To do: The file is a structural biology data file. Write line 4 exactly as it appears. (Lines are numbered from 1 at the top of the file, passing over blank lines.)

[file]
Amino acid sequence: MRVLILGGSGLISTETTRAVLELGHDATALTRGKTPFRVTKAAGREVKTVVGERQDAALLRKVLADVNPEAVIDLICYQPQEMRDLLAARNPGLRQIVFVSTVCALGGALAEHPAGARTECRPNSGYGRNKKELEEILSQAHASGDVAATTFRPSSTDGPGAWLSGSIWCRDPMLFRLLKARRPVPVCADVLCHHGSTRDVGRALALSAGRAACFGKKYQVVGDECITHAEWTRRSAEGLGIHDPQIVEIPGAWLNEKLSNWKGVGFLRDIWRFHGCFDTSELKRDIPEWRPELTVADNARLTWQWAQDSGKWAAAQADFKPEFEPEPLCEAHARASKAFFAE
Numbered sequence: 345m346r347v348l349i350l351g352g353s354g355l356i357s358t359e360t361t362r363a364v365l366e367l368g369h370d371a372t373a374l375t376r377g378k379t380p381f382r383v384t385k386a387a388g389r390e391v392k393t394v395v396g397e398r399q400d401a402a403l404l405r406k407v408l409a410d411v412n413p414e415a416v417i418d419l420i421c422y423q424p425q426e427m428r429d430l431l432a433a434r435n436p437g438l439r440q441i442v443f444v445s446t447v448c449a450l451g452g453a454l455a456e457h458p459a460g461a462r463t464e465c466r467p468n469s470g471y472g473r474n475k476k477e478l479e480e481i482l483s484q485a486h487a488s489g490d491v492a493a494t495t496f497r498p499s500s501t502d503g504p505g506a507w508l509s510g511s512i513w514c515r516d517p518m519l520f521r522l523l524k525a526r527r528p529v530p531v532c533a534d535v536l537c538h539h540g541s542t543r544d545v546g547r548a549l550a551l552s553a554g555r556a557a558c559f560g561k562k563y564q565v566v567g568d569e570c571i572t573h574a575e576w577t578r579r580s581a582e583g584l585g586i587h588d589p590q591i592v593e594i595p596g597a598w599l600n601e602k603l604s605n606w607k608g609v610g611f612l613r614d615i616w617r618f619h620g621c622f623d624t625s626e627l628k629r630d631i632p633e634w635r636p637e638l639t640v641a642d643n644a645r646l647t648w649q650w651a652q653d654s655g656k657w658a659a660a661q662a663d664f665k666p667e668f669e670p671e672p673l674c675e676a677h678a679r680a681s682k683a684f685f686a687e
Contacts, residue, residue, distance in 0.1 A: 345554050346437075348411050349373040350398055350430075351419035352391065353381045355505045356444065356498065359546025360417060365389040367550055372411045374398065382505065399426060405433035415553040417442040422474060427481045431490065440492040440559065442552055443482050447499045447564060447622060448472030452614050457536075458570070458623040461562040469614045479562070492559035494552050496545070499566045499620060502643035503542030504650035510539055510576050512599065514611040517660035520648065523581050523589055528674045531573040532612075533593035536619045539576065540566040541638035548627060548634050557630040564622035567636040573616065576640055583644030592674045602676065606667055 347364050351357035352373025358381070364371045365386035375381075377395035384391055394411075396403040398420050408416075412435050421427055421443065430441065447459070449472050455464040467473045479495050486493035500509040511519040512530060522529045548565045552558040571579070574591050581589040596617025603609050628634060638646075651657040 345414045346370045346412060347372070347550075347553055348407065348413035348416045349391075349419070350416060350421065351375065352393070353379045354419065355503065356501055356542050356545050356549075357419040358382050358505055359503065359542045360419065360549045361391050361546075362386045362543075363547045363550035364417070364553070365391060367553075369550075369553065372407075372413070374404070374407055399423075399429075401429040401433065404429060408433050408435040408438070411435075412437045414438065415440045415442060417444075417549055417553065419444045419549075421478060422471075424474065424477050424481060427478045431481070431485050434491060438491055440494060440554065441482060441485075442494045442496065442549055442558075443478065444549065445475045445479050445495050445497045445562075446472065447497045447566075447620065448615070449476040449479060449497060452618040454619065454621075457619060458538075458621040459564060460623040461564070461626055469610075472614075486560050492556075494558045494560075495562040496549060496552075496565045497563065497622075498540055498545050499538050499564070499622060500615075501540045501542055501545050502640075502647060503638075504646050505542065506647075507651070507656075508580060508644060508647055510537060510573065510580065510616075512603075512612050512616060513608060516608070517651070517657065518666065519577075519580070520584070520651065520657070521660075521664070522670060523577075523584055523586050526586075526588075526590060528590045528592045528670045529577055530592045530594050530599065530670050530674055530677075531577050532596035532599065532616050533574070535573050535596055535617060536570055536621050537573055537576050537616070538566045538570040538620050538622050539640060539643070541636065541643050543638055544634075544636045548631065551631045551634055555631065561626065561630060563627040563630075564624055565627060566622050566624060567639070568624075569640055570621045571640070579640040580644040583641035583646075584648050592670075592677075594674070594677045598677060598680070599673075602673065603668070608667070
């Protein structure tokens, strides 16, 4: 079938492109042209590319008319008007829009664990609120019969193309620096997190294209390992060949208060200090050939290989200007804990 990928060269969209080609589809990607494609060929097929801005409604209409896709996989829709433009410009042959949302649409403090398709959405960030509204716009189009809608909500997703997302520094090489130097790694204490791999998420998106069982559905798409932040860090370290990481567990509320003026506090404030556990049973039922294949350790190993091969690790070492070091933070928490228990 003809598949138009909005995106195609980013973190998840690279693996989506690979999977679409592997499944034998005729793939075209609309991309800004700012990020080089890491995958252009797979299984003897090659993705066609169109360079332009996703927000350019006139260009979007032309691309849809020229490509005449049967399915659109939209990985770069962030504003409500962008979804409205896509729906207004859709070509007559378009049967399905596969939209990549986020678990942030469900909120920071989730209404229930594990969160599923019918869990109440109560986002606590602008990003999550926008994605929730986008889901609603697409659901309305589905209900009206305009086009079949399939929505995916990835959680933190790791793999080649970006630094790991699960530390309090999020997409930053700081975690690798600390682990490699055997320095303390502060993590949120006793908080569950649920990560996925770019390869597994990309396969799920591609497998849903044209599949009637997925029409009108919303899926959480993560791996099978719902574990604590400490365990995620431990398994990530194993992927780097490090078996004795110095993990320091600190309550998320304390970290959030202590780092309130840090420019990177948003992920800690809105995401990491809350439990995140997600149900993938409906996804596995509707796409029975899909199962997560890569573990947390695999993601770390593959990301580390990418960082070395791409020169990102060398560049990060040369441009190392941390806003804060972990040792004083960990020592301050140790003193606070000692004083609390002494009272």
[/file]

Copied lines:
């Protein structure tokens, strides 16, 4: 079938492109042209590319008319008007829009664990609120019969193309620096997190294209390992060949208060200090050939290989200007804990 990928060269969209080609589809990607494609060929097929801005409604209409896709996989829709433009410009042959949302649409403090398709959405960030509204716009189009809608909500997703997302520094090489130097790694204490791999998420998106069982559905798409932040860090370290990481567990509320003026506090404030556990049973039922294949350790190993091969690790070492070091933070928490228990 003809598949138009909005995106195609980013973190998840690279693996989506690979999977679409592997499944034998005729793939075209609309991309800004700012990020080089890491995958252009797979299984003897090659993705066609169109360079332009996703927000350019006139260009979007032309691309849809020229490509005449049967399915659109939209990985770069962030504003409500962008979804409205896509729906207004859709070509007559378009049967399905596969939209990549986020678990942030469900909120920071989730209404229930594990969160599923019918869990109440109560986002606590602008990003999550926008994605929730986008889901609603697409659901309305589905209900009206305009086009079949399939929505995916990835959680933190790791793999080649970006630094790991699960530390309090999020997409930053700081975690690798600390682990490699055997320095303390502060993590949120006793908080569950649920990560996925770019390869597994990309396969799920591609497998849903044209599949009637997925029409009108919303899926959480993560791996099978719902574990604590400490365990995620431990398994990530194993992927780097490090078996004795110095993990320091600190309550998320304390970290959030202590780092309130840090420019990177948003992920800690809105995401990491809350439990995140997600149900993938409906996804596995509707796409029975899909199962997560890569573990947390695999993601770390593959990301580390990418960082070395791409020169990102060398560049990060040369441009190392941390806003804060972990040792004083960990020592301050140790003193606070000692004083609390002494009272």